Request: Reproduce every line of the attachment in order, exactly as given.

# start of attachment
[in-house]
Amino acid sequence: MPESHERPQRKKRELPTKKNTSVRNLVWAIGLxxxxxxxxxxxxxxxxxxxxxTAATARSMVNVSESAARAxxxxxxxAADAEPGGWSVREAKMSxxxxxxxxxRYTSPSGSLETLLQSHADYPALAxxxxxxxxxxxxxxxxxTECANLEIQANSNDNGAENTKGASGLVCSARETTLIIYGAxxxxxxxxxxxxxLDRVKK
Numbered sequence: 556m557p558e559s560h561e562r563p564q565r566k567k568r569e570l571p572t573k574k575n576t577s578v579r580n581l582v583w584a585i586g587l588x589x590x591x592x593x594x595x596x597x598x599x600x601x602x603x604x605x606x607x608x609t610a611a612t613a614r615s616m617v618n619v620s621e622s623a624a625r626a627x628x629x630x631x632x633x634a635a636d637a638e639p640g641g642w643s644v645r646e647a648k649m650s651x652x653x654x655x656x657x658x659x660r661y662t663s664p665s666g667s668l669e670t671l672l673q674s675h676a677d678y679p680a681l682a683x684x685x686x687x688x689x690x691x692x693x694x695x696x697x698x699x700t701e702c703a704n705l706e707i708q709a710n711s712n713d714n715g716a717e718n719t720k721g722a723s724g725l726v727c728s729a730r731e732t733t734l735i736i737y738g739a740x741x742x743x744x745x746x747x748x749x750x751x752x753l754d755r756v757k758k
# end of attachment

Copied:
[in-house]
Amino acid sequence: MPESHERPQRKKRELPTKKNTSVRNLVWAIGLxxxxxxxxxxxxxxxxxxxxxTAATARSMVNVSESAARAxxxxxxxAADAEPGGWSVREAKMSxxxxxxxxxRYTSPSGSLETLLQSHADYPALAxxxxxxxxxxxxxxxxxTECANLEIQANSNDNGAENTKGASGLVCSARETTLIIYGAxxxxxxxxxxxxxLDRVKK
Numbered sequence: 556m557p558e559s560h561e562r563p564q565r566k567k568r569e570l571p572t573k574k575n576t577s578v579r580n581l582v583w584a585i586g587l588x589x590x591x592x593x594x595x596x597x598x599x600x601x602x603x604x605x606x607x608x609t610a611a612t613a614r615s616m617v618n619v620s621e622s623a624a625r626a627x628x629x630x631x632x633x634a635a636d637a638e639p640g641g642w643s644v645r646e647a648k649m650s651x652x653x654x655x656x657x658x659x660r661y662t663s664p665s666g667s668l669e670t671l672l673q674s675h676a677d678y679p680a681l682a683x684x685x686x687x688x689x690x691x692x693x694x695x696x697x698x699x700t701e702c703a704n705l706e707i708q709a710n711s712n713d714n715g716a717e718n719t720k721g722a723s724g725l726v727c728s729a730r731e732t733t734l735i736i737y738g739a740x741x742x743x744x745x746x747x748x749x750x751x752x753l754d755r756v757k758k